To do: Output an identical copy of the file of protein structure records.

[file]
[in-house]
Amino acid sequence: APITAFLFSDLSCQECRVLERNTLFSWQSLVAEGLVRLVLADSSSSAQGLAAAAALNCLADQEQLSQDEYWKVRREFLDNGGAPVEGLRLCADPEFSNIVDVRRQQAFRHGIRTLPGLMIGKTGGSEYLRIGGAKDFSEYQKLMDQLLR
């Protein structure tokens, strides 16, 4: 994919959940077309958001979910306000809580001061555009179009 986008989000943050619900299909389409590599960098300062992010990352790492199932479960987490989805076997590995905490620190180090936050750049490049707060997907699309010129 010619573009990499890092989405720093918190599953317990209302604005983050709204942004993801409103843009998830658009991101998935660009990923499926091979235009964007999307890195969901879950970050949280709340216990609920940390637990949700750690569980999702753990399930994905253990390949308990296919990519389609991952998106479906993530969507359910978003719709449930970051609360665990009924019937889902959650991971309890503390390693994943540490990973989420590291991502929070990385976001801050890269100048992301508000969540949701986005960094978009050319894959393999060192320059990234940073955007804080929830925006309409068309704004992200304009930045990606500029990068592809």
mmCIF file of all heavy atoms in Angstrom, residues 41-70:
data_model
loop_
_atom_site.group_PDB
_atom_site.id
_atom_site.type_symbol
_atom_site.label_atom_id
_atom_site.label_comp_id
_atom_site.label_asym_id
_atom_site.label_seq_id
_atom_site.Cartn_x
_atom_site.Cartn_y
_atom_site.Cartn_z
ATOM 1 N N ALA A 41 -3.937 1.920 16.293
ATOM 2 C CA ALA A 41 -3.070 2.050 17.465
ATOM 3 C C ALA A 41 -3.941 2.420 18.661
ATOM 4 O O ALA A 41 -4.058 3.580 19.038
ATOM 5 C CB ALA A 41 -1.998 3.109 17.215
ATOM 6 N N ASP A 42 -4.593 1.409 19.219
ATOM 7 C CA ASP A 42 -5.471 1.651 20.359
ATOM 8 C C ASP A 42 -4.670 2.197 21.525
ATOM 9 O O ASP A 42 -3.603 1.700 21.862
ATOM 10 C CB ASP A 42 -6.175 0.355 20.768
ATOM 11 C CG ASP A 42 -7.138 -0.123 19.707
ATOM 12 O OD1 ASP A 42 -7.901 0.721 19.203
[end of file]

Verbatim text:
[in-house]
Amino acid sequence: APITAFLFSDLSCQECRVLERNTLFSWQSLVAEGLVRLVLADSSSSAQGLAAAAALNCLADQEQLSQDEYWKVRREFLDNGGAPVEGLRLCADPEFSNIVDVRRQQAFRHGIRTLPGLMIGKTGGSEYLRIGGAKDFSEYQKLMDQLLR
């Protein structure tokens, strides 16, 4: 994919959940077309958001979910306000809580001061555009179009 986008989000943050619900299909389409590599960098300062992010990352790492199932479960987490989805076997590995905490620190180090936050750049490049707060997907699309010129 010619573009990499890092989405720093918190599953317990209302604005983050709204942004993801409103843009998830658009991101998935660009990923499926091979235009964007999307890195969901879950970050949280709340216990609920940390637990949700750690569980999702753990399930994905253990390949308990296919990519389609991952998106479906993530969507359910978003719709449930970051609360665990009924019937889902959650991971309890503390390693994943540490990973989420590291991502929070990385976001801050890269100048992301508000969540949701986005960094978009050319894959393999060192320059990234940073955007804080929830925006309409068309704004992200304009930045990606500029990068592809």
mmCIF file of all heavy atoms in Angstrom, residues 41-70:
data_model
loop_
_atom_site.group_PDB
_atom_site.id
_atom_site.type_symbol
_atom_site.label_atom_id
_atom_site.label_comp_id
_atom_site.label_asym_id
_atom_site.label_seq_id
_atom_site.Cartn_x
_atom_site.Cartn_y
_atom_site.Cartn_z
ATOM 1 N N ALA A 41 -3.937 1.920 16.293
ATOM 2 C CA ALA A 41 -3.070 2.050 17.465
ATOM 3 C C ALA A 41 -3.941 2.420 18.661
ATOM 4 O O ALA A 41 -4.058 3.580 19.038
ATOM 5 C CB ALA A 41 -1.998 3.109 17.215
ATOM 6 N N ASP A 42 -4.593 1.409 19.219
ATOM 7 C CA ASP A 42 -5.471 1.651 20.359
ATOM 8 C C ASP A 42 -4.670 2.197 21.525
ATOM 9 O O ASP A 42 -3.603 1.700 21.862
ATOM 10 C CB ASP A 42 -6.175 0.355 20.768
ATOM 11 C CG ASP A 42 -7.138 -0.123 19.707
ATOM 12 O OD1 ASP A 42 -7.901 0.721 19.203